How can donors best analyse governance problems and corruption in partner countries? This paper by the Clingendael Institute describes the Strategic Governance And Corruption Analysis (SGACA) which has been developed for the Netherlands government to facilitate a more strategic approach to governance and corruption analysis. The SGACA captures the informal, societal and sometimes intangible underlying reasons for the governance situation, which can often differ from the formal configuration of the state. Such an analysis can improve the design of donor interventions.
Governance and corruption have become major concerns in development programmes. Corruption includes the prevalence of patronage – a lack of clear definition between public and private spheres and the divergence between formal and informal rules. Improvements in governance and corruption are essential to achieving peace, security and stability and sustainable poverty reduction.
Direct interventions by donors to strengthen formal institutions have often had limited impact. Furthermore, the political will to promote growth and poverty reduction, fight corruption and protect human rights is often lacking in the partner countries. The SGACA helps to explain why this is so and, instead of focusing on the transfer of institutional models, it highlights the impact of local context on the incentives of political actors and the importance of social and political processes in achieving better governance.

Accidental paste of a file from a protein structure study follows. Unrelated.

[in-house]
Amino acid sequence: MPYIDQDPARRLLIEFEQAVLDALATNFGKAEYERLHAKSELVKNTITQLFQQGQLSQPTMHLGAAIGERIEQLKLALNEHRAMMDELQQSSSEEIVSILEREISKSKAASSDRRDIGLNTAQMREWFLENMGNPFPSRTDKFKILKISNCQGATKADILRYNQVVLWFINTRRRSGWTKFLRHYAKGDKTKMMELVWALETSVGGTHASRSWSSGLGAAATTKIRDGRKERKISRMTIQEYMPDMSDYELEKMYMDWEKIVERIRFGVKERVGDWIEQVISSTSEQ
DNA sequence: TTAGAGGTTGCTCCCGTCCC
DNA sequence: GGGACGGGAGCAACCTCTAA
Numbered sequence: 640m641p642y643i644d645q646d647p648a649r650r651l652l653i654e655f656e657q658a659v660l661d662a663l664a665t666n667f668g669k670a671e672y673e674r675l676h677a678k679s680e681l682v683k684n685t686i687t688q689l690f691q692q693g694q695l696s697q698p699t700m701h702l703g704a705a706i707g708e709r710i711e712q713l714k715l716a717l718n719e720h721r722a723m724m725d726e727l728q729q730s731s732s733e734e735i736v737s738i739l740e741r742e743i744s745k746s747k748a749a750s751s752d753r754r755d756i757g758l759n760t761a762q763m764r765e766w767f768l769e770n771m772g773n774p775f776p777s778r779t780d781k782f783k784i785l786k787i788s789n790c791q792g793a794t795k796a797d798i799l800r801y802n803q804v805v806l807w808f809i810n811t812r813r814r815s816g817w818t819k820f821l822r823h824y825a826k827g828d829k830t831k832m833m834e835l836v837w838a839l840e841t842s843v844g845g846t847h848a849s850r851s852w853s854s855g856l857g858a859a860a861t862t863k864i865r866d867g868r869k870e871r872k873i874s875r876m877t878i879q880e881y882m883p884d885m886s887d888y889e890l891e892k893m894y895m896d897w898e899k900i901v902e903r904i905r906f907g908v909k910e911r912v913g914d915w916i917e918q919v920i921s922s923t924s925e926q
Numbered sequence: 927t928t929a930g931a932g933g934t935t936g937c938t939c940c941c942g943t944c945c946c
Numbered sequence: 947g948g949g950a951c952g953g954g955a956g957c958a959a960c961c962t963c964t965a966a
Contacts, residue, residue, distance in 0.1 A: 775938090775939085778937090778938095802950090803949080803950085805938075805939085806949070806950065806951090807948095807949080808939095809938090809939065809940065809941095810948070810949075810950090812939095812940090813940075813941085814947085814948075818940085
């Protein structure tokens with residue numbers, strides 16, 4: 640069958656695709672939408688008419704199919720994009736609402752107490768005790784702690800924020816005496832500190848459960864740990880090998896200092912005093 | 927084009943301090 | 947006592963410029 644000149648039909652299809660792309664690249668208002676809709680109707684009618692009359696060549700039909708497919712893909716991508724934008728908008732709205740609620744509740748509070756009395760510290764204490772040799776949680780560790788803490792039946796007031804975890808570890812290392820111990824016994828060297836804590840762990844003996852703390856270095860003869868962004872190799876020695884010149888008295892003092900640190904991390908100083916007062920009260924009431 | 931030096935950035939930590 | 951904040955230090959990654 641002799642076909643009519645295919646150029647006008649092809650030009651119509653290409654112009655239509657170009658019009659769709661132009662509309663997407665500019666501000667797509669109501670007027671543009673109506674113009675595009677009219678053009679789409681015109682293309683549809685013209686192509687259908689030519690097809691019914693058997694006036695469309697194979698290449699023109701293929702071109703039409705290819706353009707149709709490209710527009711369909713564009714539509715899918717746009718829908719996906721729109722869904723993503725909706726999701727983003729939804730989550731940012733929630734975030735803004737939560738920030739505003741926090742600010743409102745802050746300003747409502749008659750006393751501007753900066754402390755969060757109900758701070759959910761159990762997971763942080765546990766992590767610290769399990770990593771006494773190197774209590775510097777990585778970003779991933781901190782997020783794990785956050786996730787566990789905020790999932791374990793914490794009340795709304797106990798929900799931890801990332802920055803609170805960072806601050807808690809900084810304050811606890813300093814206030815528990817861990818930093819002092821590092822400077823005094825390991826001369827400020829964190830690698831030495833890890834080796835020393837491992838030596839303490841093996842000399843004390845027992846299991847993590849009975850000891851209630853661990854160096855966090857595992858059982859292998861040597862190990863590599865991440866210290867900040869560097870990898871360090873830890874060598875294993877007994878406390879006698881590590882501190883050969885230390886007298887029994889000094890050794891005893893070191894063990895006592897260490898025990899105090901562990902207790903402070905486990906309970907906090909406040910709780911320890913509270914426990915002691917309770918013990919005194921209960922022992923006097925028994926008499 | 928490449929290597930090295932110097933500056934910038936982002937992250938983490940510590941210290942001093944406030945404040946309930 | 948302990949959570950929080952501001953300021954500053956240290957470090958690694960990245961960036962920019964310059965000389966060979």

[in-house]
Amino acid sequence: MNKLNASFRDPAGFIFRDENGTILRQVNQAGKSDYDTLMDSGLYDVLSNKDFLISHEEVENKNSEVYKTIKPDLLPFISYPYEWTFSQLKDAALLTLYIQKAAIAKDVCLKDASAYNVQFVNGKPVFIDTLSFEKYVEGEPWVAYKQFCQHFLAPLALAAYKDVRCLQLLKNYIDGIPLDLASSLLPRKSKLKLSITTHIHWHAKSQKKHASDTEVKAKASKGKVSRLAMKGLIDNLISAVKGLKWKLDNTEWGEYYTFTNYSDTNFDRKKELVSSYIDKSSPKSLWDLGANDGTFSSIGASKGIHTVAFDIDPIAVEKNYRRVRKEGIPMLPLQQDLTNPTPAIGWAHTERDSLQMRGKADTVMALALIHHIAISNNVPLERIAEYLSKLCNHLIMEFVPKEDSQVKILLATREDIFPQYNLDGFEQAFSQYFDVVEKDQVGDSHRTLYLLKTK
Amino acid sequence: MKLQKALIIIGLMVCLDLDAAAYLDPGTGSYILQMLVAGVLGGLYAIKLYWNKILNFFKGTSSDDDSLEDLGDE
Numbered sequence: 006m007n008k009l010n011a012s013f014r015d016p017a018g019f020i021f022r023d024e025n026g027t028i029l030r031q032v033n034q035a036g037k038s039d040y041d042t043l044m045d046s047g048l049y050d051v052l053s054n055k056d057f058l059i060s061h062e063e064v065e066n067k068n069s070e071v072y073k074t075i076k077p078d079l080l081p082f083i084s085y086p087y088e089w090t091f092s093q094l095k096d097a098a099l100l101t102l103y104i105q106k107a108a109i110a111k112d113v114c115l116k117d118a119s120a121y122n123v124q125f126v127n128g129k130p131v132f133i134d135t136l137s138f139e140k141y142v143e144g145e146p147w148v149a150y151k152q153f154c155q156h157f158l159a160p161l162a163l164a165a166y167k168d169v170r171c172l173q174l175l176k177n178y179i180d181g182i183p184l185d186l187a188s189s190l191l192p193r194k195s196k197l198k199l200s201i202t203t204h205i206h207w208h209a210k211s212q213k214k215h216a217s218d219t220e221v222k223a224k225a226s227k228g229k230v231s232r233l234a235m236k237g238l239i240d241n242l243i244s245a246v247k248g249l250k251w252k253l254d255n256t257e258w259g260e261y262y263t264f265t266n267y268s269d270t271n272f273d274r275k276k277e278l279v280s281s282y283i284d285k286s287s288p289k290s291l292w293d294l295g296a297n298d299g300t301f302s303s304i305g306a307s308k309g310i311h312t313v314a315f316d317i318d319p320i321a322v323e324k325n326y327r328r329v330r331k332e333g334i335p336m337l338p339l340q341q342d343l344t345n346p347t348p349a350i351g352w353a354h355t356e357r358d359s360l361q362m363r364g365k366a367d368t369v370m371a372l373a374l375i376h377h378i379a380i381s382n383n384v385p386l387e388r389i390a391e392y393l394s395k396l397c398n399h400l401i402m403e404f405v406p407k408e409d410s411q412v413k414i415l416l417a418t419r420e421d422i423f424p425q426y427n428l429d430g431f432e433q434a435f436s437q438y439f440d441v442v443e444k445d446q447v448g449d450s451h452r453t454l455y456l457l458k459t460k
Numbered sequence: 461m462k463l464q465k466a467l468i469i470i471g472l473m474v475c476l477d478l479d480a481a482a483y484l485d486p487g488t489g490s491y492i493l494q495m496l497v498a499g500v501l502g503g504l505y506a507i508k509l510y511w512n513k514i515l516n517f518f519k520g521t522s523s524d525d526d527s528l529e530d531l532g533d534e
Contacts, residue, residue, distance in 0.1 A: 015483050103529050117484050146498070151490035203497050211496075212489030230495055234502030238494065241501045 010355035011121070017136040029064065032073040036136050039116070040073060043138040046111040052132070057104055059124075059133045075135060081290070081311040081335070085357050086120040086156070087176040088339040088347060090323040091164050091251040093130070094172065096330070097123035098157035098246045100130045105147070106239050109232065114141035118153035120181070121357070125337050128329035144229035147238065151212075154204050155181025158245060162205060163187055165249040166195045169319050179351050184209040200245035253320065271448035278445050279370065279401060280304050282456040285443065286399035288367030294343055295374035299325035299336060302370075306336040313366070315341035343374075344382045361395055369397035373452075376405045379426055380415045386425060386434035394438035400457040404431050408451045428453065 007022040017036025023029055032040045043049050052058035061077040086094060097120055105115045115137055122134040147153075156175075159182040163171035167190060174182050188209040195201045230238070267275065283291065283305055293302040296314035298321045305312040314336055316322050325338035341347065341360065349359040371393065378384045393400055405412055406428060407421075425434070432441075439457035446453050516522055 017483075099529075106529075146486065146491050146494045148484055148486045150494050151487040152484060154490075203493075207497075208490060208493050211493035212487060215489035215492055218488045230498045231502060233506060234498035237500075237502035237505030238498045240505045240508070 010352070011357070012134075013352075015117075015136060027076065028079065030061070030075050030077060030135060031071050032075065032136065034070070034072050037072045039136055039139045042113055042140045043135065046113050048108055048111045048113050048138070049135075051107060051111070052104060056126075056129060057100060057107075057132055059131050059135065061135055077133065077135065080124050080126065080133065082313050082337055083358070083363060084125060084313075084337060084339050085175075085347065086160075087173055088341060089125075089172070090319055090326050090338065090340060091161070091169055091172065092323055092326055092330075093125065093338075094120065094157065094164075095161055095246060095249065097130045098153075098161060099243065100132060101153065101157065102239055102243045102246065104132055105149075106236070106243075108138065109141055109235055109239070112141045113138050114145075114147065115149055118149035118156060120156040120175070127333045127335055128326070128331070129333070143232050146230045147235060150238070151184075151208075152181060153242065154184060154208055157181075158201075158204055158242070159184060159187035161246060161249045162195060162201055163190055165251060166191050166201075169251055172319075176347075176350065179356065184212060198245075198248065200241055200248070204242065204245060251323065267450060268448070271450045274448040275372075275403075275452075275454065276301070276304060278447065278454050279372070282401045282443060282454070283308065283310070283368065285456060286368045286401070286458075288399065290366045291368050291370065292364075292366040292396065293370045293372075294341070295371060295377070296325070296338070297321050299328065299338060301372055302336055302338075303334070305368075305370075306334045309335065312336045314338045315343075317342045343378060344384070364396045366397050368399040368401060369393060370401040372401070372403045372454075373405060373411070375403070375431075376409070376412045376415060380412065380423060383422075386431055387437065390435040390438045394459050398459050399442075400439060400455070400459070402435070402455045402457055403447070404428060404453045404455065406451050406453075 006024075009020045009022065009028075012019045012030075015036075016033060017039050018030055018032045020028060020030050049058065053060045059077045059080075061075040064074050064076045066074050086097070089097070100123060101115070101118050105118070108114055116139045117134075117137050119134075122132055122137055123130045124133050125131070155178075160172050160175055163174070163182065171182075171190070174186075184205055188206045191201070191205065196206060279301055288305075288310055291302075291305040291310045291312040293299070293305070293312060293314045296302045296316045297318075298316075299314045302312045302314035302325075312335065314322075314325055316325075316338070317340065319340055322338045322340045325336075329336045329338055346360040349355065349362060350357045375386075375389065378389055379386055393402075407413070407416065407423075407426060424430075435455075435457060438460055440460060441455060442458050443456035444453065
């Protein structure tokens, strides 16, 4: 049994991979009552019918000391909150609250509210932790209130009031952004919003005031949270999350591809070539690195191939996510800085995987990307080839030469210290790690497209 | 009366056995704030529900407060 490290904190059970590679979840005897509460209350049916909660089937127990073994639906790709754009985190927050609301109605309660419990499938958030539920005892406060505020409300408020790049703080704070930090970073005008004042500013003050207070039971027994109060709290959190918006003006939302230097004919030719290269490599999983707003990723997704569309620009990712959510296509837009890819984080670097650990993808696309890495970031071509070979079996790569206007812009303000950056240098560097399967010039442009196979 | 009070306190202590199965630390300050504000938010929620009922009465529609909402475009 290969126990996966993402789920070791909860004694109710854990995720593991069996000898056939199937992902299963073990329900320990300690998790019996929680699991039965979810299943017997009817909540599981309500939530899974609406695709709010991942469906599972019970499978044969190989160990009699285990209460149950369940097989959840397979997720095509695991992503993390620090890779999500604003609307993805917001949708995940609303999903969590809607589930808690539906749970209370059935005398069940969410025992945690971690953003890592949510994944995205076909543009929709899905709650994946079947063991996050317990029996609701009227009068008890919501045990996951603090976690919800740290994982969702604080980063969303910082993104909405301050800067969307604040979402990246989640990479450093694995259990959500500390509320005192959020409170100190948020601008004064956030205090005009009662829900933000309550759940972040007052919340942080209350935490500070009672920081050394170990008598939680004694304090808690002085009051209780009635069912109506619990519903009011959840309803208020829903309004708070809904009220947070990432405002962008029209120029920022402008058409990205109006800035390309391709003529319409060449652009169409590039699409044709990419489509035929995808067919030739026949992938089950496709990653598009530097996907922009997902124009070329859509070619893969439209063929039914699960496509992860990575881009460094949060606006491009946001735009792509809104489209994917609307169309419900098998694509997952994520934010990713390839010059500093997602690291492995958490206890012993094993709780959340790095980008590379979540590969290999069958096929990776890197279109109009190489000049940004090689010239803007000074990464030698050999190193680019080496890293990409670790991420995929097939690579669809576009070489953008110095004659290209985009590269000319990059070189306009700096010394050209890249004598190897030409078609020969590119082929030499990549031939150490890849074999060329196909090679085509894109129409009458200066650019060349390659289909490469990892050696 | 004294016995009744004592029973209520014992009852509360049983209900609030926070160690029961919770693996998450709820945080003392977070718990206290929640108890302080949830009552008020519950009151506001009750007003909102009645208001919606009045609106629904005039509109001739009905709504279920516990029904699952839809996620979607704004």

The SGACA is a practical guide to help structure and analyse existing information that focuses on formal and informal aspects of governance in a particular country context. The SGACA has four main components:
- The Track Record: which is part of the Embassy’s standard monitoring work. Its findings, together with other available information, serves as a basis for the Power and Change analysis.
- The Power and Change analysis: which compiles the findings into a short, compelling report. It focuses on non-formal practices and relationships and links between formal and informal institutions. It seeks to explain the basis for state-society relationships and high levels of corruption, low legitimacy of state institutions, weak commitment to human rights and poverty reduction. Three sets of factors are addressed: the major characteristics of a political system, which change slowly; state-society interaction, which change in the medium term and the interaction of actors in the current context, which change quickly.
- A Workshop: which includes one day that might be open to selected external stakeholders and one day which is non-public and focuses on designing an appropriate donor strategy.
- A Strategic Choices document: which summarises the findings and presents policy choices to the donor.
SGACA can improve the design of donor interventions through a better understanding of what happens behind the façade of the state and what really drives political behaviour. It can:
- Identify local and international pressures for change that would benefit poor people.
- Make use of existing available material – including from other sources and donors.
- Enable Embassies to discuss this information during a consultation workshop and to define implications for donor strategies and engagement, preferably in co-operation with partners
- Feed its insights into the next Multi Annual Strategic Plan.